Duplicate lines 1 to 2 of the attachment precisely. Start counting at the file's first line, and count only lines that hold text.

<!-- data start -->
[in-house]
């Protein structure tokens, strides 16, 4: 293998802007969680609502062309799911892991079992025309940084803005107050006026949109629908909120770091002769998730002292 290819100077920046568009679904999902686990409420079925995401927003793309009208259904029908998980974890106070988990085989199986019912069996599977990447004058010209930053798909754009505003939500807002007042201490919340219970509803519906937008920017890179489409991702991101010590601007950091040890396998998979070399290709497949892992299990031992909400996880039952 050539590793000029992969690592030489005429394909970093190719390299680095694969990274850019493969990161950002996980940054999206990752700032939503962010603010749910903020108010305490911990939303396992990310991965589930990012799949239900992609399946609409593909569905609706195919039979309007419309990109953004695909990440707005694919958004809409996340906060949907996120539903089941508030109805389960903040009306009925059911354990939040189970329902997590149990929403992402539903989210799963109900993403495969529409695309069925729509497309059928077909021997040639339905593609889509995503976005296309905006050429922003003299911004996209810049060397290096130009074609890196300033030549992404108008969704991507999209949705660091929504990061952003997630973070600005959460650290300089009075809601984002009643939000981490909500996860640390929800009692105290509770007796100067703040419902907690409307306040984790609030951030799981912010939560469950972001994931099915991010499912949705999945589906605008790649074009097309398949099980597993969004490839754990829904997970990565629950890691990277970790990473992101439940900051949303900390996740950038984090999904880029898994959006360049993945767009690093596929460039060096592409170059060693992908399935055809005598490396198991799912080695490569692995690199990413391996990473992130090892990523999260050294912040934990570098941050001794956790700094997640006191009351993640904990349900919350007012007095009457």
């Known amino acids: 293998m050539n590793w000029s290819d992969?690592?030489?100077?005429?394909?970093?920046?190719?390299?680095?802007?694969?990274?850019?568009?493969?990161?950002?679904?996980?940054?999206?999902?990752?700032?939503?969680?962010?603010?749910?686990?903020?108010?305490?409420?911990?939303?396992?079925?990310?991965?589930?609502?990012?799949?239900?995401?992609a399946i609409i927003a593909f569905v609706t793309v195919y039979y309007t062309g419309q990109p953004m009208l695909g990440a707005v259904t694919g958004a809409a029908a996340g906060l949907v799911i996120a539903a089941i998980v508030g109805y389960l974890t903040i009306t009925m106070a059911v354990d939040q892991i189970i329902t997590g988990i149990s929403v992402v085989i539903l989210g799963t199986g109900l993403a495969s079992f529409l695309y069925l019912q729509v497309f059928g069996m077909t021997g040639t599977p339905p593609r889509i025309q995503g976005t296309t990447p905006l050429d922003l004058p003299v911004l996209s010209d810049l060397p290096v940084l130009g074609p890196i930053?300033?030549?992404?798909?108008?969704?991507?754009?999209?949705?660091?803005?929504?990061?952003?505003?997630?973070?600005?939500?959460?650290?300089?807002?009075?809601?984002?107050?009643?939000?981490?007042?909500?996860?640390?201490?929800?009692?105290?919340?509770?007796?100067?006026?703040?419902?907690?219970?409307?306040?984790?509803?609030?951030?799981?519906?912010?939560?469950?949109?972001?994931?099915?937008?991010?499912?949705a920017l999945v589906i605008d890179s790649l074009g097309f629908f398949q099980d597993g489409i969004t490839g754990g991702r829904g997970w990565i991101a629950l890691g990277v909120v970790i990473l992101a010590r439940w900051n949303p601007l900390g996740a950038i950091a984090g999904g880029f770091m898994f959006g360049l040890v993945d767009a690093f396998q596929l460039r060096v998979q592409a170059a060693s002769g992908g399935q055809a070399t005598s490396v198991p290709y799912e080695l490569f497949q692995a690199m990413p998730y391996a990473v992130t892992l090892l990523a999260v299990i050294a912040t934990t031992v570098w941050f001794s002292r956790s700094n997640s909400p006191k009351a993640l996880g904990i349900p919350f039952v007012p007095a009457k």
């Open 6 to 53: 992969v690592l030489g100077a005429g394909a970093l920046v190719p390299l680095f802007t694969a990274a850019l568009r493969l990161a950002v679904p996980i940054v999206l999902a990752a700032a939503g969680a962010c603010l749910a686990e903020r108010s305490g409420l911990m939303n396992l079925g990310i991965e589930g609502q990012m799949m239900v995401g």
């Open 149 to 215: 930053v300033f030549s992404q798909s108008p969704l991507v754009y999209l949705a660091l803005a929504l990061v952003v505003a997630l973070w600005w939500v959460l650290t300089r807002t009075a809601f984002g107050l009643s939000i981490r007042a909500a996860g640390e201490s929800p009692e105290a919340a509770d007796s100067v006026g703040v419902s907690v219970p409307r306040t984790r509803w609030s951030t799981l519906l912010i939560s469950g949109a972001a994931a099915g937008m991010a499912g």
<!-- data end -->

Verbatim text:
[in-house]
């Protein structure tokens, strides 16, 4: 293998802007969680609502062309799911892991079992025309940084803005107050006026949109629908909120770091002769998730002292 290819100077920046568009679904999902686990409420079925995401927003793309009208259904029908998980974890106070988990085989199986019912069996599977990447004058010209930053798909754009505003939500807002007042201490919340219970509803519906937008920017890179489409991702991101010590601007950091040890396998998979070399290709497949892992299990031992909400996880039952 050539590793000029992969690592030489005429394909970093190719390299680095694969990274850019493969990161950002996980940054999206990752700032939503962010603010749910903020108010305490911990939303396992990310991965589930990012799949239900992609399946609409593909569905609706195919039979309007419309990109953004695909990440707005694919958004809409996340906060949907996120539903089941508030109805389960903040009306009925059911354990939040189970329902997590149990929403992402539903989210799963109900993403495969529409695309069925729509497309059928077909021997040639339905593609889509995503976005296309905006050429922003003299911004996209810049060397290096130009074609890196300033030549992404108008969704991507999209949705660091929504990061952003997630973070600005959460650290300089009075809601984002009643939000981490909500996860640390929800009692105290509770007796100067703040419902907690409307306040984790609030951030799981912010939560469950972001994931099915991010499912949705999945589906605008790649074009097309398949099980597993969004490839754990829904997970990565629950890691990277970790990473992101439940900051949303900390996740950038984090999904880029898994959006360049993945767009690093596929460039060096592409170059060693992908399935055809005598490396198991799912080695490569692995690199990413391996990473992130090892990523999260050294912040934990570098941050001794956790700094997640006191009351993640904990349900919350007012007095009457």